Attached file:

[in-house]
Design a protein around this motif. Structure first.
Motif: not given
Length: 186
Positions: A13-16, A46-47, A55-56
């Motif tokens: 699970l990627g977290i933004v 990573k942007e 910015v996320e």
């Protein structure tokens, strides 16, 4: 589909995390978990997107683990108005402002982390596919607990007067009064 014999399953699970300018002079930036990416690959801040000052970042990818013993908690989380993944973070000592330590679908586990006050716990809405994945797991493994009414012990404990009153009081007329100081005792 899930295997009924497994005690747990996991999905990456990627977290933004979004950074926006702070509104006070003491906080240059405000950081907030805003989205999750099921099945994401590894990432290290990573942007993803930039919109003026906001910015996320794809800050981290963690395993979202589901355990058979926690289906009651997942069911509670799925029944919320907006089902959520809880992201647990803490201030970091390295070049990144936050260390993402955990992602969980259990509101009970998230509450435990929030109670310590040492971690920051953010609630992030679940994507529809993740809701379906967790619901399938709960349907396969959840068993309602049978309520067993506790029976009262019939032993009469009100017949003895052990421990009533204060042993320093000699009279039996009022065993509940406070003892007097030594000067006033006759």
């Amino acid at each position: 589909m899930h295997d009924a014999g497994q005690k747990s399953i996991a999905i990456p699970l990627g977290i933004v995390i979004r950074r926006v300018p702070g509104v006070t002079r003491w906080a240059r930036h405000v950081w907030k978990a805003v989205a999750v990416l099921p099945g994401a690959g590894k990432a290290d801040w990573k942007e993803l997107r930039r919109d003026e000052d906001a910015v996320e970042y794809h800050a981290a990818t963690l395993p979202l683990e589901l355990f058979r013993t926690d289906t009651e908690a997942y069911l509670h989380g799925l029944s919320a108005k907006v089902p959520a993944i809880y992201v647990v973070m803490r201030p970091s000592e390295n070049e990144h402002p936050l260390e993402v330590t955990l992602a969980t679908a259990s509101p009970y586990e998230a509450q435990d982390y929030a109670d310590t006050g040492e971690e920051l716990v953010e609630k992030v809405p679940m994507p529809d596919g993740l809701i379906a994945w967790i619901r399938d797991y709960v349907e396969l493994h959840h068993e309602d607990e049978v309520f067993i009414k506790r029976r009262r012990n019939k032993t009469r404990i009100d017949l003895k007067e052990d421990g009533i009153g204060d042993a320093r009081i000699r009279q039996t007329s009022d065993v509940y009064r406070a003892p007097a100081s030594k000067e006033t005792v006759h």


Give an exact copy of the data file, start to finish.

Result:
[in-house]
Design a protein around this motif. Structure first.
Motif: not given
Length: 186
Positions: A13-16, A46-47, A55-56
């Motif tokens: 699970l990627g977290i933004v 990573k942007e 910015v996320e």
């Protein structure tokens, strides 16, 4: 589909995390978990997107683990108005402002982390596919607990007067009064 014999399953699970300018002079930036990416690959801040000052970042990818013993908690989380993944973070000592330590679908586990006050716990809405994945797991493994009414012990404990009153009081007329100081005792 899930295997009924497994005690747990996991999905990456990627977290933004979004950074926006702070509104006070003491906080240059405000950081907030805003989205999750099921099945994401590894990432290290990573942007993803930039919109003026906001910015996320794809800050981290963690395993979202589901355990058979926690289906009651997942069911509670799925029944919320907006089902959520809880992201647990803490201030970091390295070049990144936050260390993402955990992602969980259990509101009970998230509450435990929030109670310590040492971690920051953010609630992030679940994507529809993740809701379906967790619901399938709960349907396969959840068993309602049978309520067993506790029976009262019939032993009469009100017949003895052990421990009533204060042993320093000699009279039996009022065993509940406070003892007097030594000067006033006759």
């Amino acid at each position: 589909m899930h295997d009924a014999g497994q005690k747990s399953i996991a999905i990456p699970l990627g977290i933004v995390i979004r950074r926006v300018p702070g509104v006070t002079r003491w906080a240059r930036h405000v950081w907030k978990a805003v989205a999750v990416l099921p099945g994401a690959g590894k990432a290290d801040w990573k942007e993803l997107r930039r919109d003026e000052d906001a910015v996320e970042y794809h800050a981290a990818t963690l395993p979202l683990e589901l355990f058979r013993t926690d289906t009651e908690a997942y069911l509670h989380g799925l029944s919320a108005k907006v089902p959520a993944i809880y992201v647990v973070m803490r201030p970091s000592e390295n070049e990144h402002p936050l260390e993402v330590t955990l992602a969980t679908a259990s509101p009970y586990e998230a509450q435990d982390y929030a109670d310590t006050g040492e971690e920051l716990v953010e609630k992030v809405p679940m994507p529809d596919g993740l809701i379906a994945w967790i619901r399938d797991y709960v349907e396969l493994h959840h068993e309602d607990e049978v309520f067993i009414k506790r029976r009262r012990n019939k032993t009469r404990i009100d017949l003895k007067e052990d421990g009533i009153g204060d042993a320093r009081i000699r009279q039996t007329s009022d065993v509940y009064r406070a003892p007097a100081s030594k000067e006033t005792v006759h």